All City Space Horse Disc first ride review

Disc brakes add to an already capable rig

USD $1,800.00
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All City’s Space Horse is their most popular bike for plenty of reasons. It can do it all: road riding, touring, gravel, commuting, you name it. How did they make a good thing better? All City added some more sizes and the confidence of disc brakes.

All City’s Space Horse Disc is here and it’s fun
Russell Eich / Immediate Media

All City Space Horse Disc spec overview

  • 612 Select chromoly frame
  • 4130 chromoly fork
  • Shimano 105 drivetrain
  • Hayes CX-Expert disc brakes, 160mm rotors
  • WTB STP i19 TCS rims
  • Salsa bar and stem
  • Sizes 43cm, 46cm with 650b wheels, 49cm, 52cm, 55cm, 58cm, 61cm w/ 700c wheels

All City Space Horse Disc ride impression

I went on two rides with the Space Horse Disc. They were two very different rides to see if all the capability talk from All City‘s brand manager Jeff Frane was real.

First ride was up the maintenance road of Northstar Resort in Truckee, California. The Sierra Nevada mountains are dry, rocky, and covered in a fine powdery dust. The Space Horse Disc rolled right through, gaining elevation without any fuss other than occasional rear tire slippage. That slippage could be easily cured with a more aggressive tread than the 35mm Panaracer T-Serv Protex tires. 

The second half of this dirt foray saw proper resort trail riding. I’d ridden this trail earlier in the morning so I knew it was relatively tame, no drops, no rock gardens, but plenty of big berms and pesky pinch-flat sniper rocks. Hands in the drops, the Space Horse Disc just cruised right along. No dropped chains, no harsh vibrations, no flat tires, just the occasional squeal of dusty brake pads. 

I ventured off the pavement and even successfully did a small lap in the bike park
Russell Eich / Immediate Media

The second ride was much tamer. I rolled down the road from resort, instantly going pretty fast I noticed how stable the Space Horse was. Inputs to the bars were met with mellow, line-holding ease. It’s not razor sharp, but it is confidence inspiring to be able to say this is the line I want, and plant it there. 

The roads around Northstar Resort in California are a pretty okay testing ground
Russell Eich / Immediate Media

Next I swung a left and started climbing. The chromoly frame’s stiffness was good. I cranked hard, trying to get the bottom bracket to flex, but honestly there’s so much tire clearance between the stays that rubbing isn’t going to happen. The somewhat upright geometry lent the feeling that there was no rush when riding this bike, the journey is the destination.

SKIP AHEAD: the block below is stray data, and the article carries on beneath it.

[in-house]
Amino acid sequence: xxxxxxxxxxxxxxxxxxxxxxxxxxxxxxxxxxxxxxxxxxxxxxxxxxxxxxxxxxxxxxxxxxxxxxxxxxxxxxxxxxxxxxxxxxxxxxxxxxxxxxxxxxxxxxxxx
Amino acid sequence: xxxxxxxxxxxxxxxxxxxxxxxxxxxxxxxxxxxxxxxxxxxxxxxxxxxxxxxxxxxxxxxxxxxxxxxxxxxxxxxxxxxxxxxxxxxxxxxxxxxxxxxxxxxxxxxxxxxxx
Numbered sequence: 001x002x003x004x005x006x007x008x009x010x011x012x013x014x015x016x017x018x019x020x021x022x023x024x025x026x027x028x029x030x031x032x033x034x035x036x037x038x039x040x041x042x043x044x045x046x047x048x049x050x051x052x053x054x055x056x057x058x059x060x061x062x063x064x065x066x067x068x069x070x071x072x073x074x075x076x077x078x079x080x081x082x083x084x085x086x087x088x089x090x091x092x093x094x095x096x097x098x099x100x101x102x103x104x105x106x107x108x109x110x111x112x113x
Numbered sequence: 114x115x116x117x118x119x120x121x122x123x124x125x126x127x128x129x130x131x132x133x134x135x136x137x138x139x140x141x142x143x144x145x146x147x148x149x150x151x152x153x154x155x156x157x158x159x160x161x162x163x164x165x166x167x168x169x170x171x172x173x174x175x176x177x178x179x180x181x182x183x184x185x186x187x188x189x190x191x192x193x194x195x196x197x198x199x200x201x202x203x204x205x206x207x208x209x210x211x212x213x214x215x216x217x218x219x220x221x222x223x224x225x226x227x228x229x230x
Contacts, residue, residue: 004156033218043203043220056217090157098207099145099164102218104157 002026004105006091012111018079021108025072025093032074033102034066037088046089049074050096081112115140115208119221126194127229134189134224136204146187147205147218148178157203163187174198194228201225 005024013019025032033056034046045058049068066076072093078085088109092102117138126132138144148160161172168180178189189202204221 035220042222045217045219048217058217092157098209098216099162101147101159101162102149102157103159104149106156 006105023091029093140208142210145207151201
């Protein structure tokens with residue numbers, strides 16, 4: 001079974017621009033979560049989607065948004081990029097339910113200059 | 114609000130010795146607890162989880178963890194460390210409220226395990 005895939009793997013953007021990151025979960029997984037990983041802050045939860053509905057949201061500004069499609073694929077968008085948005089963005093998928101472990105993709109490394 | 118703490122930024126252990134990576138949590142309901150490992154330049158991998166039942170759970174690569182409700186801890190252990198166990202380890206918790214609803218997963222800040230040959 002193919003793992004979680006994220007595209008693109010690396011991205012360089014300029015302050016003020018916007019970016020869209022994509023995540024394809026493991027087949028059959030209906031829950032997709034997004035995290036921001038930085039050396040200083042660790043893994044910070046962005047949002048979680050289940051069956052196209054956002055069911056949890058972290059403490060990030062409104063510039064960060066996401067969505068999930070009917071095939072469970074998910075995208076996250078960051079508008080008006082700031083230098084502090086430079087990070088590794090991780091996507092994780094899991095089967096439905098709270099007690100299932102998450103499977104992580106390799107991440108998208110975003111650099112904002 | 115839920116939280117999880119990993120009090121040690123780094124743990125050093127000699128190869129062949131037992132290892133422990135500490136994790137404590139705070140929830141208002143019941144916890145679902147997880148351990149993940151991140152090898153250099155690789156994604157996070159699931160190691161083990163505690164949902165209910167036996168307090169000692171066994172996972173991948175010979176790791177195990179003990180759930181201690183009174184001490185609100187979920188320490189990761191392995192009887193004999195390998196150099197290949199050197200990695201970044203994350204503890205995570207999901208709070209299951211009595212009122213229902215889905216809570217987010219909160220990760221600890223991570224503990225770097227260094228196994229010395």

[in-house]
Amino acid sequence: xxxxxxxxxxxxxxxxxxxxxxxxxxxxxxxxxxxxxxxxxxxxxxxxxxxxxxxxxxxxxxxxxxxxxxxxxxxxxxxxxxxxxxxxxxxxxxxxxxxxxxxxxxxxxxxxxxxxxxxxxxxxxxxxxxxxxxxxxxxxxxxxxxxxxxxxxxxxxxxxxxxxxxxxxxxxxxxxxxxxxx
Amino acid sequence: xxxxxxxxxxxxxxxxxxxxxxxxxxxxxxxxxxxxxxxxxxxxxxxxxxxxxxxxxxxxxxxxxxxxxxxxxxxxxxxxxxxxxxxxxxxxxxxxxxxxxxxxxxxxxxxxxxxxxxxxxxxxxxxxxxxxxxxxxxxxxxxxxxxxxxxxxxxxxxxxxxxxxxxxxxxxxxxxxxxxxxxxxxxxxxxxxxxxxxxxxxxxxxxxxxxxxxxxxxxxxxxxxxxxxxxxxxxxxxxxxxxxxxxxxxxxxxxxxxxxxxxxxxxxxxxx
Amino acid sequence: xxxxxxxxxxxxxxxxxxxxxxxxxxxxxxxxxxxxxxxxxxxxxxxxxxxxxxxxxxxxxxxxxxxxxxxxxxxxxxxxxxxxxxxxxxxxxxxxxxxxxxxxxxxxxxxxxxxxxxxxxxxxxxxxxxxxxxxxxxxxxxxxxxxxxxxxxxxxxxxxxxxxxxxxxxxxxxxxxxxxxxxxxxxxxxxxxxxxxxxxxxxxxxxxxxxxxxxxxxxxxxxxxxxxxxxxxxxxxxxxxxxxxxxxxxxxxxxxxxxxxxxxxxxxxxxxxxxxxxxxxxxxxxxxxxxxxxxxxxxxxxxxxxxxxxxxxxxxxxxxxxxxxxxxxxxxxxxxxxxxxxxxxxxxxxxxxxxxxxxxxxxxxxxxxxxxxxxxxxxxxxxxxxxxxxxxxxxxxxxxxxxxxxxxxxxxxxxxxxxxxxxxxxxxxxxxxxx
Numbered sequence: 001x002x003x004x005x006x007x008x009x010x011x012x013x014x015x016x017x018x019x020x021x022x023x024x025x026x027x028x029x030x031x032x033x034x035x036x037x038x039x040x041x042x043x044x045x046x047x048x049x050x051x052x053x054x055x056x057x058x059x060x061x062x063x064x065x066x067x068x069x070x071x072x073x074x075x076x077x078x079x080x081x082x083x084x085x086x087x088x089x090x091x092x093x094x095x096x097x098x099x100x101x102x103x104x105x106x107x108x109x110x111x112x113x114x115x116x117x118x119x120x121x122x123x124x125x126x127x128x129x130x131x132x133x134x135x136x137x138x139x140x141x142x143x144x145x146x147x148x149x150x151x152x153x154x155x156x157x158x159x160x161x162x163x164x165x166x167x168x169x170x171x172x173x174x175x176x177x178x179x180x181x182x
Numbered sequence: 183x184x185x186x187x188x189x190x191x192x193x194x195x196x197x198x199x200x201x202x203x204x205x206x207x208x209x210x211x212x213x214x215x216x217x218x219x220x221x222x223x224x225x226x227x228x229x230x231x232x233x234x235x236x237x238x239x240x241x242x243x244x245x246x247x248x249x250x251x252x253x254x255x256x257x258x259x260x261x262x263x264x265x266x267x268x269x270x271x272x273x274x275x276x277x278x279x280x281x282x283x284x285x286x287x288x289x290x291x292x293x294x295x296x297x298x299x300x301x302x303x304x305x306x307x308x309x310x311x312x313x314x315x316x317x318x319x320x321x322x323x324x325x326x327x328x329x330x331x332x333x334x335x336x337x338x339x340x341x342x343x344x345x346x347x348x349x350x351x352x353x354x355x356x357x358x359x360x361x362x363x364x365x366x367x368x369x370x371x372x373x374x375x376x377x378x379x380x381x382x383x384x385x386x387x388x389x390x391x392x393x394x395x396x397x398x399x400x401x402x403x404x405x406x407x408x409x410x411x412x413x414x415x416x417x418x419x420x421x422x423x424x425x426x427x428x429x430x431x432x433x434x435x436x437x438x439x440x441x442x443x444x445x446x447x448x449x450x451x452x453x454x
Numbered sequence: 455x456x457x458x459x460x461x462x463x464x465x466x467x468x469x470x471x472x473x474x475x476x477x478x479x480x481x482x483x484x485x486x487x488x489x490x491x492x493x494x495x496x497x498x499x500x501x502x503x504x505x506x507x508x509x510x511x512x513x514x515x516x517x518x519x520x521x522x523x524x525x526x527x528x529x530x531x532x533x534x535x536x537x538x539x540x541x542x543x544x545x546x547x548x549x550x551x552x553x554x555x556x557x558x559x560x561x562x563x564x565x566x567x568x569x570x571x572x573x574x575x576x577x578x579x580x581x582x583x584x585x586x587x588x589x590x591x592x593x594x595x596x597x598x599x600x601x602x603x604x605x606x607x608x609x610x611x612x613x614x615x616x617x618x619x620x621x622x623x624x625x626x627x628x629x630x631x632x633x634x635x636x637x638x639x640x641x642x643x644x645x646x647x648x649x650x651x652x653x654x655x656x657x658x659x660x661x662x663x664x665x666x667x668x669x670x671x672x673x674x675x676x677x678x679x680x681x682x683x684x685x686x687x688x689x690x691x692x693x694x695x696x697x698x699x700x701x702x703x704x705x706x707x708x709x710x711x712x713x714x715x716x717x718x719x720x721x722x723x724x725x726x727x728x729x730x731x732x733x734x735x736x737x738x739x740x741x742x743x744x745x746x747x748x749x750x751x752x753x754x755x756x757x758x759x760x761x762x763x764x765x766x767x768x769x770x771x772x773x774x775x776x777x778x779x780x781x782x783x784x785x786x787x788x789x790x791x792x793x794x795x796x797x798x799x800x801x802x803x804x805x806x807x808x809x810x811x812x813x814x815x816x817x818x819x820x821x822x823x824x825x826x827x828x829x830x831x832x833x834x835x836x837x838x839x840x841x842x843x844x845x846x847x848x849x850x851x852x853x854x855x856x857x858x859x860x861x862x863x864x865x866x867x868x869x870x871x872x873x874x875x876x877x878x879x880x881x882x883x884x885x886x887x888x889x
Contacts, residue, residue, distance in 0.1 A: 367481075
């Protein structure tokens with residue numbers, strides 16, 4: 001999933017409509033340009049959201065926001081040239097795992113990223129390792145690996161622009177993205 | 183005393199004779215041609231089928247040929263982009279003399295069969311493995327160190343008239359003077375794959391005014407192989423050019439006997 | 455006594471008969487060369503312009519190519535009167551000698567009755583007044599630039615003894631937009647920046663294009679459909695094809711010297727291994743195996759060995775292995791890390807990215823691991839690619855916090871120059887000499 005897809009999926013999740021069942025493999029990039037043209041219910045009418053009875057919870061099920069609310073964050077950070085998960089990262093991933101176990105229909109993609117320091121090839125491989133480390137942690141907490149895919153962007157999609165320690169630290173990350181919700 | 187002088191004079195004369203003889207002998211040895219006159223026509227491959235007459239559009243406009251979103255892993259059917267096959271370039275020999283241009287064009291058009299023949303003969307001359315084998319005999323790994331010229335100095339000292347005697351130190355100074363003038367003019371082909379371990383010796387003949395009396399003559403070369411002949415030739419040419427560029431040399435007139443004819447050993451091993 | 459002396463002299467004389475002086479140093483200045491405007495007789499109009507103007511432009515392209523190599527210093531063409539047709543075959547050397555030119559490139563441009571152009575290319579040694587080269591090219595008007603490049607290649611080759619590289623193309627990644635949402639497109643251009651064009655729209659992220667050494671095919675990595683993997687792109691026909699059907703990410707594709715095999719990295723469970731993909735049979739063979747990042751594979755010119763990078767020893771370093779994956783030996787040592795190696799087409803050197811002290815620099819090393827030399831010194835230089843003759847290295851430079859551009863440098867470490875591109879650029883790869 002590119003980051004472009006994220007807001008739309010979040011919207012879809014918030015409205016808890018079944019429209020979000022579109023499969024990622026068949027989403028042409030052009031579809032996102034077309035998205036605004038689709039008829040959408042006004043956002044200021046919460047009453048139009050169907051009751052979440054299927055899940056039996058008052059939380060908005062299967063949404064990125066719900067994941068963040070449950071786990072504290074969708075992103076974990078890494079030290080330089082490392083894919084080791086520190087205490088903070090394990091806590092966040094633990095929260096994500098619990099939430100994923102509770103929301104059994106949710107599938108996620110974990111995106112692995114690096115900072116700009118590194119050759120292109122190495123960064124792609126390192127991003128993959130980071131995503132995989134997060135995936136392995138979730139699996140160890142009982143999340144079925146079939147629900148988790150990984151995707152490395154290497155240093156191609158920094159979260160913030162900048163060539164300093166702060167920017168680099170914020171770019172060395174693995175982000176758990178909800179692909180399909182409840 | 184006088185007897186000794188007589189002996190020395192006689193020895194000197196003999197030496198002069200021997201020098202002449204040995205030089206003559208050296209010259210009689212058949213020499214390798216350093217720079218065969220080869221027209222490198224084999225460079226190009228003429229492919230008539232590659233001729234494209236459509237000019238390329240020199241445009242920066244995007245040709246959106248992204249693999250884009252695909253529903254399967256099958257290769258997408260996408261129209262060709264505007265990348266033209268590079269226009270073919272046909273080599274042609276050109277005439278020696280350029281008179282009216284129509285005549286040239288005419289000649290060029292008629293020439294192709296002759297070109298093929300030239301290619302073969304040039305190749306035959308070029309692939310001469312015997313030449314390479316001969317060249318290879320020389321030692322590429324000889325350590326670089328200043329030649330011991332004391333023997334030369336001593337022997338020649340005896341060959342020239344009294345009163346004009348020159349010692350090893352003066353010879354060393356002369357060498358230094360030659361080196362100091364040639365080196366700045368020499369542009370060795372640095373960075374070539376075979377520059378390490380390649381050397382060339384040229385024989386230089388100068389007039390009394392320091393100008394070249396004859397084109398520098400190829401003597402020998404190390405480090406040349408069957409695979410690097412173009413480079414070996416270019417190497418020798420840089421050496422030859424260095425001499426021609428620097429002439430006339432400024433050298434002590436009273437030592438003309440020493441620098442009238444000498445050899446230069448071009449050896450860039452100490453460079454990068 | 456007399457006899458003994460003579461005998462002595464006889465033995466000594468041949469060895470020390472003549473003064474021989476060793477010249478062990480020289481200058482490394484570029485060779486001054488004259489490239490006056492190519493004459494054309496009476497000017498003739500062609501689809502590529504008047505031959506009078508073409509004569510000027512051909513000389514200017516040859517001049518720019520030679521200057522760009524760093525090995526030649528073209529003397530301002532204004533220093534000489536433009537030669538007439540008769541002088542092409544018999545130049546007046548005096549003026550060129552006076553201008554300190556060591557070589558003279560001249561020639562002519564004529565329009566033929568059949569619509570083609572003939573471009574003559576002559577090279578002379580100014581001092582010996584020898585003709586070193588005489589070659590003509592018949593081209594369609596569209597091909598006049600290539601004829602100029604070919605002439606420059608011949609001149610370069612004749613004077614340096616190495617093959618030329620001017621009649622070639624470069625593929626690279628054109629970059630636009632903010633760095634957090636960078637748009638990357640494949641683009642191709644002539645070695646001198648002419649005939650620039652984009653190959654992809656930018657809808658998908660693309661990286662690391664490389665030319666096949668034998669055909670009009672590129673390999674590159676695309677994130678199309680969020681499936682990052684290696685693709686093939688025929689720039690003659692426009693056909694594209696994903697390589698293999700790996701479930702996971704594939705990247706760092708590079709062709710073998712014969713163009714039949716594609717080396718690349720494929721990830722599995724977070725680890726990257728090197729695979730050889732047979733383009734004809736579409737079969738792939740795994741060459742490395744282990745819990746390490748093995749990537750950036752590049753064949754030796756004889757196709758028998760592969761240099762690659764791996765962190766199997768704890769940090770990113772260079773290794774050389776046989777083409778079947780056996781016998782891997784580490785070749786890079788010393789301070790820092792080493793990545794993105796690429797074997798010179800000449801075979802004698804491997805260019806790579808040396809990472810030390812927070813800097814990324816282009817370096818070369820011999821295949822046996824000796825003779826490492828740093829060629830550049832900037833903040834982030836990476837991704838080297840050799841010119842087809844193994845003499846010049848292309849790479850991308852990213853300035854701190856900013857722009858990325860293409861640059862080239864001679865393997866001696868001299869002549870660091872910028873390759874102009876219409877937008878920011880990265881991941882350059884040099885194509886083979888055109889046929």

I made a U-turn, and started bombing back down the road. Here’s where it became clear that this full steel rig has a really smooth ride. So smooth in fact there’s no need to dodge potholes or maintenance hole covers, just zip right over them. The cushy steel frame combined with big 35mm rubber is simply not going to throw you off line, nor rattle you to bits in the guise of performance. 

A steel fork and Hayes CX-Expert discs up the Space Horse’s capabiility
Russell Eich / Immediate Media

It was while speeding downhill that I noticed the Hayes CX-Expert disc brakes were a very smart upgrade. Sure, they’re not as buttery smooth as hydraulics from Shimano or SRAM, but they really add to the go-anywhere nature of the Space Horse.

Weight is pretty low on the Space Horse’s priority list. What’s high on that list is not having to shy away from things that a normal road bike would have to

I really love the trend of road bikes being more capable, it really opens the door for getting more riders into the sport, as well as allowing road cyclists to venture down that dirt road, or up that old forgotten service road. 

While focusing on the brakes, I did notice the front fork does have a little bit of chatter down near the dropouts when asked to stop quickly. Also the rear brake rotor gives the slightest chirp of pad rub when really smashing the pedals, but that type of riding is on the far end of a typical Space Horse outing. 

It should probably go without saying, but the Space Horse Disc is not the lightest bike. That said, weight is pretty low on the Space Horse’s priority list. What’s high on that list is not having to shy away from things that a normal road bike would have to.

To highlight this fact, Jeff Frane and Nate Choma from All City took a handful of bike shop guys on a 3-day tour throughout the Sierra Nevada mountains. They got lost, crossed some streams, rode a lot of dirt, and made me wish I was there with them.

The 4130 chromoly frame is smooth, silky smooth
Russell Eich / Immediate Media

All City Space Horse Disc price and availability

US$1,800 (UK and Australian pricing not available) and should be available mid August

All City Space Horse Disc vs. the competition

With the addition of disc brakes to the Space Horse it now competes very well in the touring/adventure road market. The steel frame and fork lend an incredibly supple ride, one that few carbon or even fewer aluminum bikes can match.


There is a weight penalty however, but that’s not what this segment is about, it’s a riding whatever road you want, and doing it a lot.  

Product Specifications


Name Space Horse Disc
Brand All-City Bikes